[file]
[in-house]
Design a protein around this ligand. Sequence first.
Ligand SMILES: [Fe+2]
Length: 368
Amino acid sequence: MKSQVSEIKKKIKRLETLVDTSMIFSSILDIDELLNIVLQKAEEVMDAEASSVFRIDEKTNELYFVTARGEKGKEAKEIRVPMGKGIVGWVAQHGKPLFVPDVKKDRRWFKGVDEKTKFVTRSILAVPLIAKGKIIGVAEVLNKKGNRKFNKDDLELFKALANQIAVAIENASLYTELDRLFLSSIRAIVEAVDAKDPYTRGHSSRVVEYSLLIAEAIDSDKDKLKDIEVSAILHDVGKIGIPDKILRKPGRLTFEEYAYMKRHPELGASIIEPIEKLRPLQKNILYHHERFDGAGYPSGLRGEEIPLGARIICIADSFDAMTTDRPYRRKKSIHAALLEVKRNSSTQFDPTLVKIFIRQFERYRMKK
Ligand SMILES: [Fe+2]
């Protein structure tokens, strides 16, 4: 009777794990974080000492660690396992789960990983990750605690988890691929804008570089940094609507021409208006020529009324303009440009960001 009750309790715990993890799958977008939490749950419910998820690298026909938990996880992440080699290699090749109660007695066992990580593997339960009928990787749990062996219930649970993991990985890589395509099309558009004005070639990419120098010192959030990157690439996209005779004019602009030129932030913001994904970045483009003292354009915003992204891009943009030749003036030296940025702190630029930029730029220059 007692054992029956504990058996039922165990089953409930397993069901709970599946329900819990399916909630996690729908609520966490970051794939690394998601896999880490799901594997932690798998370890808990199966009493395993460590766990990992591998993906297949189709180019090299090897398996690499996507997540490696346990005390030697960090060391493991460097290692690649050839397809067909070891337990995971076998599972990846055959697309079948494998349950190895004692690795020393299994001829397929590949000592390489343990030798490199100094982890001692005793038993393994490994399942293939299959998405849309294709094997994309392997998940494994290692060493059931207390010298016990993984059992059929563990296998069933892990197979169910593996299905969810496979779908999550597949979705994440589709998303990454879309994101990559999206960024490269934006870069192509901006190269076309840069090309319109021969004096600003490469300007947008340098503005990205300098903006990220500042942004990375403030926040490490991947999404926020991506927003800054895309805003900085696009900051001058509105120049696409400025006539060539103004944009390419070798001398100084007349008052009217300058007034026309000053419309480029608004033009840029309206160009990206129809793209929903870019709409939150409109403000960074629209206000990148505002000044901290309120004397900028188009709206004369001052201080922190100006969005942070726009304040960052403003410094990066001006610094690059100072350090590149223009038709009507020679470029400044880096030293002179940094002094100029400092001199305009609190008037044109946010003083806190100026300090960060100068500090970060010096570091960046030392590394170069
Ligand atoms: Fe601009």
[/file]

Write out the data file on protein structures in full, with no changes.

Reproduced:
[in-house]
Design a protein around this ligand. Sequence first.
Ligand SMILES: [Fe+2]
Length: 368
Amino acid sequence: MKSQVSEIKKKIKRLETLVDTSMIFSSILDIDELLNIVLQKAEEVMDAEASSVFRIDEKTNELYFVTARGEKGKEAKEIRVPMGKGIVGWVAQHGKPLFVPDVKKDRRWFKGVDEKTKFVTRSILAVPLIAKGKIIGVAEVLNKKGNRKFNKDDLELFKALANQIAVAIENASLYTELDRLFLSSIRAIVEAVDAKDPYTRGHSSRVVEYSLLIAEAIDSDKDKLKDIEVSAILHDVGKIGIPDKILRKPGRLTFEEYAYMKRHPELGASIIEPIEKLRPLQKNILYHHERFDGAGYPSGLRGEEIPLGARIICIADSFDAMTTDRPYRRKKSIHAALLEVKRNSSTQFDPTLVKIFIRQFERYRMKK
Ligand SMILES: [Fe+2]
């Protein structure tokens, strides 16, 4: 009777794990974080000492660690396992789960990983990750605690988890691929804008570089940094609507021409208006020529009324303009440009960001 009750309790715990993890799958977008939490749950419910998820690298026909938990996880992440080699290699090749109660007695066992990580593997339960009928990787749990062996219930649970993991990985890589395509099309558009004005070639990419120098010192959030990157690439996209005779004019602009030129932030913001994904970045483009003292354009915003992204891009943009030749003036030296940025702190630029930029730029220059 007692054992029956504990058996039922165990089953409930397993069901709970599946329900819990399916909630996690729908609520966490970051794939690394998601896999880490799901594997932690798998370890808990199966009493395993460590766990990992591998993906297949189709180019090299090897398996690499996507997540490696346990005390030697960090060391493991460097290692690649050839397809067909070891337990995971076998599972990846055959697309079948494998349950190895004692690795020393299994001829397929590949000592390489343990030798490199100094982890001692005793038993393994490994399942293939299959998405849309294709094997994309392997998940494994290692060493059931207390010298016990993984059992059929563990296998069933892990197979169910593996299905969810496979779908999550597949979705994440589709998303990454879309994101990559999206960024490269934006870069192509901006190269076309840069090309319109021969004096600003490469300007947008340098503005990205300098903006990220500042942004990375403030926040490490991947999404926020991506927003800054895309805003900085696009900051001058509105120049696409400025006539060539103004944009390419070798001398100084007349008052009217300058007034026309000053419309480029608004033009840029309206160009990206129809793209929903870019709409939150409109403000960074629209206000990148505002000044901290309120004397900028188009709206004369001052201080922190100006969005942070726009304040960052403003410094990066001006610094690059100072350090590149223009038709009507020679470029400044880096030293002179940094002094100029400092001199305009609190008037044109946010003083806190100026300090960060100068500090970060010096570091960046030392590394170069
Ligand atoms: Fe601009």